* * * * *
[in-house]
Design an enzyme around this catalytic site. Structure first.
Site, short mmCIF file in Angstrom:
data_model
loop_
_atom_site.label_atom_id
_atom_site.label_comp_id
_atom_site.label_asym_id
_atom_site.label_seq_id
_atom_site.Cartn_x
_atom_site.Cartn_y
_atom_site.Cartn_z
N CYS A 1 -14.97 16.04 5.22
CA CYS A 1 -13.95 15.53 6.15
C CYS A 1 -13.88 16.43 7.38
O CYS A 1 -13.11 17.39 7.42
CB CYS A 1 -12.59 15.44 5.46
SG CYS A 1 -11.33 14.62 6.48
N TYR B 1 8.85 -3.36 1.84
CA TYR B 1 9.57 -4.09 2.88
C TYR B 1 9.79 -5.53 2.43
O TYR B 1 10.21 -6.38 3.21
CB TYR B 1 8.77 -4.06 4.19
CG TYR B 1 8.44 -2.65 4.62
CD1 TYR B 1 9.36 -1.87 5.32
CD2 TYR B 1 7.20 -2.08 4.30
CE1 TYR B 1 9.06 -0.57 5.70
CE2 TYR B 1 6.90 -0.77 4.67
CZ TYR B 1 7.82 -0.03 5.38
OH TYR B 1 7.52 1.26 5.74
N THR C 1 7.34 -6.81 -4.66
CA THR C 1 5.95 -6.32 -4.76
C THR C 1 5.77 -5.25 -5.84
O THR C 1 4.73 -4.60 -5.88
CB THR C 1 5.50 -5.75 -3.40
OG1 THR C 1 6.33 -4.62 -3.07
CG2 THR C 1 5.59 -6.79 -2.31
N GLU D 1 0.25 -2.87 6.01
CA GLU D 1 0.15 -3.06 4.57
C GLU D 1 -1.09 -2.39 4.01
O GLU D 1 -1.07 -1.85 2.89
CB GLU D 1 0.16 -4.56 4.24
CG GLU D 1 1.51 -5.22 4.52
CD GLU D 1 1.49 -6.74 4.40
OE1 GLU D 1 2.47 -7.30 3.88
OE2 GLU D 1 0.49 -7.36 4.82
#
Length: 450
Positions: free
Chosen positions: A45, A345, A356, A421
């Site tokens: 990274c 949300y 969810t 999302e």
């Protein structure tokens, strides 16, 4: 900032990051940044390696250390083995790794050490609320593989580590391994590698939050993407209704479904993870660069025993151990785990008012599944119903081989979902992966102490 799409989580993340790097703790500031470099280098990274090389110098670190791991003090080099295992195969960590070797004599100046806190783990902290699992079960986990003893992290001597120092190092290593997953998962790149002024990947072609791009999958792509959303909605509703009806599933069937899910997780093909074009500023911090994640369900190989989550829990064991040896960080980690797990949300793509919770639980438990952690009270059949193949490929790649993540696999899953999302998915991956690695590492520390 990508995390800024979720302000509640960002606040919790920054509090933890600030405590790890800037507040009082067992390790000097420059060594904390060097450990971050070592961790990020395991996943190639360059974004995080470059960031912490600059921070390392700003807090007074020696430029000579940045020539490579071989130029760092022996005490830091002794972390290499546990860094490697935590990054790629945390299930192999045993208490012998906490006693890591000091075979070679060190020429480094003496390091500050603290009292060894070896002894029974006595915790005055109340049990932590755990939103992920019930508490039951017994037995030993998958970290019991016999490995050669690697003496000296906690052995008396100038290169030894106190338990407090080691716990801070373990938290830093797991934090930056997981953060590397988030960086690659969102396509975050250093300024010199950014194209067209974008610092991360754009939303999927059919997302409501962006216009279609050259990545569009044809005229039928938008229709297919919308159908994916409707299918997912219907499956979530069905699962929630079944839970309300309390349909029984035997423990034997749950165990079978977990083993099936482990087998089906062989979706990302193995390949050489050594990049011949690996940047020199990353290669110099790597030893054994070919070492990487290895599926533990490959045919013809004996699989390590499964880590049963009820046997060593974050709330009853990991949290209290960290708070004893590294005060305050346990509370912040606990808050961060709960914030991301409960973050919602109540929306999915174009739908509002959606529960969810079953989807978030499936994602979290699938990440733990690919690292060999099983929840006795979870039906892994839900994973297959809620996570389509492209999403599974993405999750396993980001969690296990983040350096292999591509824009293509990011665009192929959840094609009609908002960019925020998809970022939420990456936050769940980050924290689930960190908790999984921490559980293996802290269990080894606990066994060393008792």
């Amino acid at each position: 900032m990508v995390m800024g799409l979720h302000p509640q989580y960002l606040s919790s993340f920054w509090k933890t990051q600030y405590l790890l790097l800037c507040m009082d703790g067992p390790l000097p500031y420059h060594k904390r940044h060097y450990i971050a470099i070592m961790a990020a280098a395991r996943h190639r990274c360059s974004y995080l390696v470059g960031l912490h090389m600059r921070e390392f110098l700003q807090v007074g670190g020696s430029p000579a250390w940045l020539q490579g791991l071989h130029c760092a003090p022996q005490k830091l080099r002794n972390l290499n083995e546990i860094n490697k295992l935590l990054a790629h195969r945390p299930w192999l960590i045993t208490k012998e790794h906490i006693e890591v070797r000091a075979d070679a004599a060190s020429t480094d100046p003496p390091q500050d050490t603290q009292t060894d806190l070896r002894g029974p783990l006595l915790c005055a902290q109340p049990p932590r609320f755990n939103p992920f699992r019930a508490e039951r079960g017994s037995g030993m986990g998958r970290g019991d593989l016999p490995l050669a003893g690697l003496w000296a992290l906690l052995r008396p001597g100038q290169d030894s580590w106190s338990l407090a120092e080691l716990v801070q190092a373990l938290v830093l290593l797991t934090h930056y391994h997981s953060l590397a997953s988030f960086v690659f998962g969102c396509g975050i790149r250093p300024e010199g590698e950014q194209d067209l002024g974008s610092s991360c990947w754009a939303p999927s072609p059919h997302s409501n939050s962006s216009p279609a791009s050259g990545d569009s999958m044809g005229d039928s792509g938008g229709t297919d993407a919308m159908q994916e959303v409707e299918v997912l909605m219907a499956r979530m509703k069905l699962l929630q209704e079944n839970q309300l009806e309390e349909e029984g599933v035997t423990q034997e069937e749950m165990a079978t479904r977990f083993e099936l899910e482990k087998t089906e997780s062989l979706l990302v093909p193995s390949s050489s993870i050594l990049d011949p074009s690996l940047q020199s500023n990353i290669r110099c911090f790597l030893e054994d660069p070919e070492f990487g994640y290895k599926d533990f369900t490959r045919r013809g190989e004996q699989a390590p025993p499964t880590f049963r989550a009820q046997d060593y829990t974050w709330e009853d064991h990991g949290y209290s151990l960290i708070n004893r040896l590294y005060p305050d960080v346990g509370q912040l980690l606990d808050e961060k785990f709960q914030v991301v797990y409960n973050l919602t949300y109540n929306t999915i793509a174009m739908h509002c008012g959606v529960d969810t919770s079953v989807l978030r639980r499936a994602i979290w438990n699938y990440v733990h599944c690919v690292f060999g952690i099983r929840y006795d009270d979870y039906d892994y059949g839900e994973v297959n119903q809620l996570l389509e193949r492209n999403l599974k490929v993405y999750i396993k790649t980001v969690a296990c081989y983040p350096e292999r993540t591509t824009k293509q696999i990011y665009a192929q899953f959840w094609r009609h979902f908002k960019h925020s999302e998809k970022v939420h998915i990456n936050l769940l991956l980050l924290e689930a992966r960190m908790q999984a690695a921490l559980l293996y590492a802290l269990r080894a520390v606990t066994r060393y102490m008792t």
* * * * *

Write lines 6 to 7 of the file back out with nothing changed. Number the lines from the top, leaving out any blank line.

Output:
_atom_site.label_atom_id
_atom_site.label_comp_id